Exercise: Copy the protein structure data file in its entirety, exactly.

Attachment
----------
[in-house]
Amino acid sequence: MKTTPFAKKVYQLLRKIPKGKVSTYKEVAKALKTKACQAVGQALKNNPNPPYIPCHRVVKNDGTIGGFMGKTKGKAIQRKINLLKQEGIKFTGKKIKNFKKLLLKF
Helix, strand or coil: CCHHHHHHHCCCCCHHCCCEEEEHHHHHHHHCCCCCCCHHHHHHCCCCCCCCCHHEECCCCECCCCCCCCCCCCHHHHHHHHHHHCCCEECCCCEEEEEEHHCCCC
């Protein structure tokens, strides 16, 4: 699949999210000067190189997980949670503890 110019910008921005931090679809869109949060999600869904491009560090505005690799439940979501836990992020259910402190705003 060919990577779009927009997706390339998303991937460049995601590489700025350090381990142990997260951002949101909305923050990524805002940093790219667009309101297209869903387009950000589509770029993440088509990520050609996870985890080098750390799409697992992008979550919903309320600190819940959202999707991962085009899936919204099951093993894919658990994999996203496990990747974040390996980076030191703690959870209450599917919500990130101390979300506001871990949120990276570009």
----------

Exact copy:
[in-house]
Amino acid sequence: MKTTPFAKKVYQLLRKIPKGKVSTYKEVAKALKTKACQAVGQALKNNPNPPYIPCHRVVKNDGTIGGFMGKTKGKAIQRKINLLKQEGIKFTGKKIKNFKKLLLKF
Helix, strand or coil: CCHHHHHHHCCCCCHHCCCEEEEHHHHHHHHCCCCCCCHHHHHHCCCCCCCCCHHEECCCCECCCCCCCCCCCCHHHHHHHHHHHCCCEECCCCEEEEEEHHCCCC
């Protein structure tokens, strides 16, 4: 699949999210000067190189997980949670503890 110019910008921005931090679809869109949060999600869904491009560090505005690799439940979501836990992020259910402190705003 060919990577779009927009997706390339998303991937460049995601590489700025350090381990142990997260951002949101909305923050990524805002940093790219667009309101297209869903387009950000589509770029993440088509990520050609996870985890080098750390799409697992992008979550919903309320600190819940959202999707991962085009899936919204099951093993894919658990994999996203496990990747974040390996980076030191703690959870209450599917919500990130101390979300506001871990949120990276570009």